It’s no misconception that Biddeford is on the move as a city and dreams can be reality!

Let’s look at the scorecard: the last four years, the mayor and City Council have been engaged in progress in all aspects of city life, including the Biddeford High School renovation project, downtown/mill master plan, Riverwalk Project (already launched), Diamond Match Park (in the works), Williams Court Park and de-privatizing the waste water plant, which has been a great success. Heart of Biddeford is moving forward with cultural development downtown, and the Downtown Development Commission is improving our Main Street, working on parking garages to improve mill development for new local business.

The Biddeford Housing Authority is engaged in several projects, the disorderly house ordinance has passed, graffiti and dangerous dog ordinances are moving to improve public ways.

The city hired a city developer to work with the city manager, who has been actively soliciting new business migration to Biddeford, infrastructure improvements with road and CSO projects through the city engineering and planning office, supporting social services and the new Open Space Committee which has been successful.

The city codes office’s improvement is outstanding, fire and police departments have worked hard with the present city officials to bring the best service to our community within our budget, shoreland zoning protecting vital habitats, the racino project for jobs, and the list goes on! Give credit where credit is due!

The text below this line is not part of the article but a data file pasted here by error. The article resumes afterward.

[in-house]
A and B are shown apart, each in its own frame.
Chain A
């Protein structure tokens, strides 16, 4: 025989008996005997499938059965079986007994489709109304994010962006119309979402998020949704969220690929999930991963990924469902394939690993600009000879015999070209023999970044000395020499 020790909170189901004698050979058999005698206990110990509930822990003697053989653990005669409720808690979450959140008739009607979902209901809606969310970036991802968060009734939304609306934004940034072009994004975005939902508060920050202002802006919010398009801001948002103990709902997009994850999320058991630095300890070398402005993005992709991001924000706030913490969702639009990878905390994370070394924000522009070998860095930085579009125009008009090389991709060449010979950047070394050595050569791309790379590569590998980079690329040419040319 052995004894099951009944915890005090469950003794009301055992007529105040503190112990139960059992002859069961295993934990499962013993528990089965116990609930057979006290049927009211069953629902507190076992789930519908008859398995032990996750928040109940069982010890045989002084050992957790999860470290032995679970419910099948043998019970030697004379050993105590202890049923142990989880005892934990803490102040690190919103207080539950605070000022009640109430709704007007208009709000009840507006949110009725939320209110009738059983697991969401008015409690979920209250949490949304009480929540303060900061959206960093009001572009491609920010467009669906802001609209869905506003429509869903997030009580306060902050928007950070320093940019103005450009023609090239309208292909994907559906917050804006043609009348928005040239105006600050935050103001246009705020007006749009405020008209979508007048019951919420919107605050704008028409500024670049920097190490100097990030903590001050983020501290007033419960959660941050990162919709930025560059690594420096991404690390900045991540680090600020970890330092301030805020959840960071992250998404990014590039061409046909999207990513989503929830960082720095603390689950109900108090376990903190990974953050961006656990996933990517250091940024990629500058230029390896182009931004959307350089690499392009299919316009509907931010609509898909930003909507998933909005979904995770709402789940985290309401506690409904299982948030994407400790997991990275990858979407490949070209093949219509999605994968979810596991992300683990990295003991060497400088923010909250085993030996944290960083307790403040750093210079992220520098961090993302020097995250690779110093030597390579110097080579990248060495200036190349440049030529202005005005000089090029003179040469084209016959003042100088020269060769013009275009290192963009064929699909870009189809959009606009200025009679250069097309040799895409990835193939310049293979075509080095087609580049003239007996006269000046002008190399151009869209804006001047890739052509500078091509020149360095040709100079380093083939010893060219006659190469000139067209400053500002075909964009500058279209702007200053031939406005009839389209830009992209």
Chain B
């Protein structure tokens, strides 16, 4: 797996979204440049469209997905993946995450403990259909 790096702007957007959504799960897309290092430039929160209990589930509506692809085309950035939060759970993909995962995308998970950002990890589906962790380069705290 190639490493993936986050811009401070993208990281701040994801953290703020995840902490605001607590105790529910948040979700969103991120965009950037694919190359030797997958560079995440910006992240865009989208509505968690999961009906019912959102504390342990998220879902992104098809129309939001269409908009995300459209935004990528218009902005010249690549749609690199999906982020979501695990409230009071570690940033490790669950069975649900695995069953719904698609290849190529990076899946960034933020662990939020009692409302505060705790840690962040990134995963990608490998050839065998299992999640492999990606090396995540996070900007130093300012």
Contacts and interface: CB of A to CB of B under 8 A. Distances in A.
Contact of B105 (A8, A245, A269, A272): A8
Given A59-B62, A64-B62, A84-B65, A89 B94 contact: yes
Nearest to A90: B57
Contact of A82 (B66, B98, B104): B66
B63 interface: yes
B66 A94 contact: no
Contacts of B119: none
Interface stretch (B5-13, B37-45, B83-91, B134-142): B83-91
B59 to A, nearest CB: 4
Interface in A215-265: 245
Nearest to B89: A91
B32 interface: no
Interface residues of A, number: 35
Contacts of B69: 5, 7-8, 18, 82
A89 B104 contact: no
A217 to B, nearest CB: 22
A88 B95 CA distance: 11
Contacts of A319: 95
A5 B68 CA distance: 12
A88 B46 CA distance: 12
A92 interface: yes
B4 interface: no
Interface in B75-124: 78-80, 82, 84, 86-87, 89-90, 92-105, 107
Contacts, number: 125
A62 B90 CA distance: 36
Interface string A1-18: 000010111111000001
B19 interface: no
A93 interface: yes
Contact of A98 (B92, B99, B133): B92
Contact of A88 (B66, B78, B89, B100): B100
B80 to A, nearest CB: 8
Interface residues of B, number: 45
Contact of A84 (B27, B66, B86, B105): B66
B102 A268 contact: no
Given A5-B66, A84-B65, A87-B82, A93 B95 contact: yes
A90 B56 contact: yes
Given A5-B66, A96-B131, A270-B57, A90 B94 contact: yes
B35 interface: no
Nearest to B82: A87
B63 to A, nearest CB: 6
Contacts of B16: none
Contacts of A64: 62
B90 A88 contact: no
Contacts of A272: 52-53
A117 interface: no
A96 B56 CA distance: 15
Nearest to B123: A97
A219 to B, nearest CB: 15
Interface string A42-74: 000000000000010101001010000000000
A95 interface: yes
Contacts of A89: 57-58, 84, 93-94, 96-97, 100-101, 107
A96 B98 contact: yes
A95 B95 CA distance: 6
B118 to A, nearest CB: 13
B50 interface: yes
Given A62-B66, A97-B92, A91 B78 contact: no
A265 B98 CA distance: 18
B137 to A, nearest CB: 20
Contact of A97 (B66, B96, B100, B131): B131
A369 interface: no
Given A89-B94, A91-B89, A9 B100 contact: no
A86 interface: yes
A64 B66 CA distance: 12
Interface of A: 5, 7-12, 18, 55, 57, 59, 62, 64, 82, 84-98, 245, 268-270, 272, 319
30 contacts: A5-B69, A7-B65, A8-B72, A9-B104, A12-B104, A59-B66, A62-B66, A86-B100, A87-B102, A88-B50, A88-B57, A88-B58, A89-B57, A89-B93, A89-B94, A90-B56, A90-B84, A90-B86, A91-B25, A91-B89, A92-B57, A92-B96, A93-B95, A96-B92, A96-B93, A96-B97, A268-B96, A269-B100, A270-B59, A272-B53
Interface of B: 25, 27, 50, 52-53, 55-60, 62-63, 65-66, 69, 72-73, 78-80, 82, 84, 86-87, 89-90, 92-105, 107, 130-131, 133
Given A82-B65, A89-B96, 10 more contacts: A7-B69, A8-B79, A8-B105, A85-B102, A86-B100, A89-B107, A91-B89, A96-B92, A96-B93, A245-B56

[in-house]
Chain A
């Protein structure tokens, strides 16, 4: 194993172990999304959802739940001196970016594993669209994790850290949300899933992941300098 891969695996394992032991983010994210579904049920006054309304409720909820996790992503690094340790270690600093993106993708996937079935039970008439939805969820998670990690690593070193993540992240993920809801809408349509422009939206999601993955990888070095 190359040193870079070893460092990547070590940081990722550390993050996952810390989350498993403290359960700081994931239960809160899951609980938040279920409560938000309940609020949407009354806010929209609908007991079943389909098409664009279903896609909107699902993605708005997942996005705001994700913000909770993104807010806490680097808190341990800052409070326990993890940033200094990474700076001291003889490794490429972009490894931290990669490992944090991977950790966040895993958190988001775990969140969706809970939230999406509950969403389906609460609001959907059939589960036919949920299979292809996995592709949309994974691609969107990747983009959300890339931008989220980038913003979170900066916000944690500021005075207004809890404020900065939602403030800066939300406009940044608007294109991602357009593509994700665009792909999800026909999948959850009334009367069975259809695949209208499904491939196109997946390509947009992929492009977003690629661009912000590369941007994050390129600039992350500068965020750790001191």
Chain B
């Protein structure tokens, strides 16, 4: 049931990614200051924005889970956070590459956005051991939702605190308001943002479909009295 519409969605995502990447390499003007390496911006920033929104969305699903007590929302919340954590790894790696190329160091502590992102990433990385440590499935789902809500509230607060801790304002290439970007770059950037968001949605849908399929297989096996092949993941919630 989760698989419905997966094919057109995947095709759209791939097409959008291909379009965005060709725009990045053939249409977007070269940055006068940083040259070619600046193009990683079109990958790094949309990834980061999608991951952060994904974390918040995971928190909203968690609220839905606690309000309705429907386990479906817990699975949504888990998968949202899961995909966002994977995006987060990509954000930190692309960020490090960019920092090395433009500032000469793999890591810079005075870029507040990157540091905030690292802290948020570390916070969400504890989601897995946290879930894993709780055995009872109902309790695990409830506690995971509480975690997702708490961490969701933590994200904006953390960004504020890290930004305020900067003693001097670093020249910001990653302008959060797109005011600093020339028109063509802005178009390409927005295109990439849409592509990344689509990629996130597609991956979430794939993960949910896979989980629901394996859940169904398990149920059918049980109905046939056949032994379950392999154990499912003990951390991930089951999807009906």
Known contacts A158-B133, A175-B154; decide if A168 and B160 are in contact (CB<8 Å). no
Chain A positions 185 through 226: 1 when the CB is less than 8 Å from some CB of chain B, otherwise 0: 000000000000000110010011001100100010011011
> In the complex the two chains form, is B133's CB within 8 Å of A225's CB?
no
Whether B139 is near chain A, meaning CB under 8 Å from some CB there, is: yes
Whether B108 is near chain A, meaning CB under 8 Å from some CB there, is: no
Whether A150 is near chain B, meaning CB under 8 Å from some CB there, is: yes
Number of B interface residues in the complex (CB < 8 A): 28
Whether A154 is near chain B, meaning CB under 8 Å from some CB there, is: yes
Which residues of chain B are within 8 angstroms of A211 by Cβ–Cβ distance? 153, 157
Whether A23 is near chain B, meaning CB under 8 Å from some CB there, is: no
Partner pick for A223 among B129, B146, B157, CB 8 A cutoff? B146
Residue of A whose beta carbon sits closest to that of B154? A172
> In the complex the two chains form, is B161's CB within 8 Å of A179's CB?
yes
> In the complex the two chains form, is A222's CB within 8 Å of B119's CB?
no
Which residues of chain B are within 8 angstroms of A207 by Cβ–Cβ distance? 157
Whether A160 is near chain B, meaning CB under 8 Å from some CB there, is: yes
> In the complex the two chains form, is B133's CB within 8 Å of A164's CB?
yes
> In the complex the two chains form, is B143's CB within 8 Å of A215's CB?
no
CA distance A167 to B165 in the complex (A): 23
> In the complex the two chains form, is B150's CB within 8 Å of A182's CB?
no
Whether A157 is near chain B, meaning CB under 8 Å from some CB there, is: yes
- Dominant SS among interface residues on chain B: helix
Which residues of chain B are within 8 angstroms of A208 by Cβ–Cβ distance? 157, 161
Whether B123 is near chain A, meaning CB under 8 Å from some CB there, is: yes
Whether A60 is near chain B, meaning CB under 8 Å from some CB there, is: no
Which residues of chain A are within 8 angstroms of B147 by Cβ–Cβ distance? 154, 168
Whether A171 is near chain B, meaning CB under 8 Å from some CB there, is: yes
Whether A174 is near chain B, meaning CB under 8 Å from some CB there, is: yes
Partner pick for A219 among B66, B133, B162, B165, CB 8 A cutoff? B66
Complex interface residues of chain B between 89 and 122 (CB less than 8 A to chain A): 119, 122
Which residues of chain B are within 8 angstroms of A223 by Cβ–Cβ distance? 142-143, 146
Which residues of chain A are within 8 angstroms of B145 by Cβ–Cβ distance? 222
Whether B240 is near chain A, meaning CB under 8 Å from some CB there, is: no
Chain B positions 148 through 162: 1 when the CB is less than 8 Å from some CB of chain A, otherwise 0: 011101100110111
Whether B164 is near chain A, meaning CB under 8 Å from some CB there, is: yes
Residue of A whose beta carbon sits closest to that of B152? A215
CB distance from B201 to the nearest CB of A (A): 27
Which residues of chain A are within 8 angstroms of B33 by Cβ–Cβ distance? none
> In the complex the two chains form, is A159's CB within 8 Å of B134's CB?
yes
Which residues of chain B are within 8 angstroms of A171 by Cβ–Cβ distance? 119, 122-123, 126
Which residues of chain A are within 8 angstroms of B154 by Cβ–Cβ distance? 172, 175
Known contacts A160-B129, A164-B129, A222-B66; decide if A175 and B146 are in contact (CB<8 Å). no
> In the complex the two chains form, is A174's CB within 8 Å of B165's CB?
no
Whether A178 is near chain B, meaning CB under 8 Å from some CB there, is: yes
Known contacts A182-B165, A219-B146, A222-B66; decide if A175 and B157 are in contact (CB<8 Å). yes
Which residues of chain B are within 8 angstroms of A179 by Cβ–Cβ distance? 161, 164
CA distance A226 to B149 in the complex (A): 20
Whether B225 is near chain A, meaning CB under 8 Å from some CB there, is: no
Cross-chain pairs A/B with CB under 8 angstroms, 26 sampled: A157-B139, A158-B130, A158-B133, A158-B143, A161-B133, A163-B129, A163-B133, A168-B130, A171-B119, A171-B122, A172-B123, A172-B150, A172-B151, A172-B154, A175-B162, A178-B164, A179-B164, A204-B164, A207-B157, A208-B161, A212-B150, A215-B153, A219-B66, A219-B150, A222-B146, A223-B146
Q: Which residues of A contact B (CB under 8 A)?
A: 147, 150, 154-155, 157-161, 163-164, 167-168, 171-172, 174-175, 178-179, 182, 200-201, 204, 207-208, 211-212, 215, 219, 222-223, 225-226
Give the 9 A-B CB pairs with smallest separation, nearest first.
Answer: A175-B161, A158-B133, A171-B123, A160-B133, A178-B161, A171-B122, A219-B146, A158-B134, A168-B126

We have been on target with Joanne Twomey!

This city is running on all cylinders, and “this mayor and council” that I keep hearing negative things about have been absolutely doing their job for the people of Biddeford.

The rising excitement of the city prospects and development in this economic climate is awesome!

Let’s move forward and finish the jobs well started.

David Bourque

City Council

Biddeford

Anyone who has spent time in downtown Biddeford has most likely seen Chris Betjemann, candidate for at-large seat on the Biddeford City Council, hard at work on one of the many renovation projects he has undertaken along Main Street.

Chris arrived in Biddeford 10 years ago at a time when few other people were interested in improving downtown properties.

Since then, he has transformed several run-down buildings into some of the most attractive locations on Main Street.

It’s not only Chris’ proven ability to get things done that would make him an excellent councilor, in my opinion, but also his vision for a better city and commitment to achieving it.

In addition, Chris has a dynamic enthusiasm for Biddeford that has helped encourage many other people, including myself, to join in the effort to renew buildings and build community.

Chris has also been consistently generous in donating the use of his properties for public events that benefit the entire city. Biddeford is a better place for the work Chris has done and it will be better still if he is elected to the City Council.

Seth Harkness

President of Biddeford Landlords Association and owner of four rental properties in downtown Biddeford

Portland

Cumberland County Civic Center bond a bad idea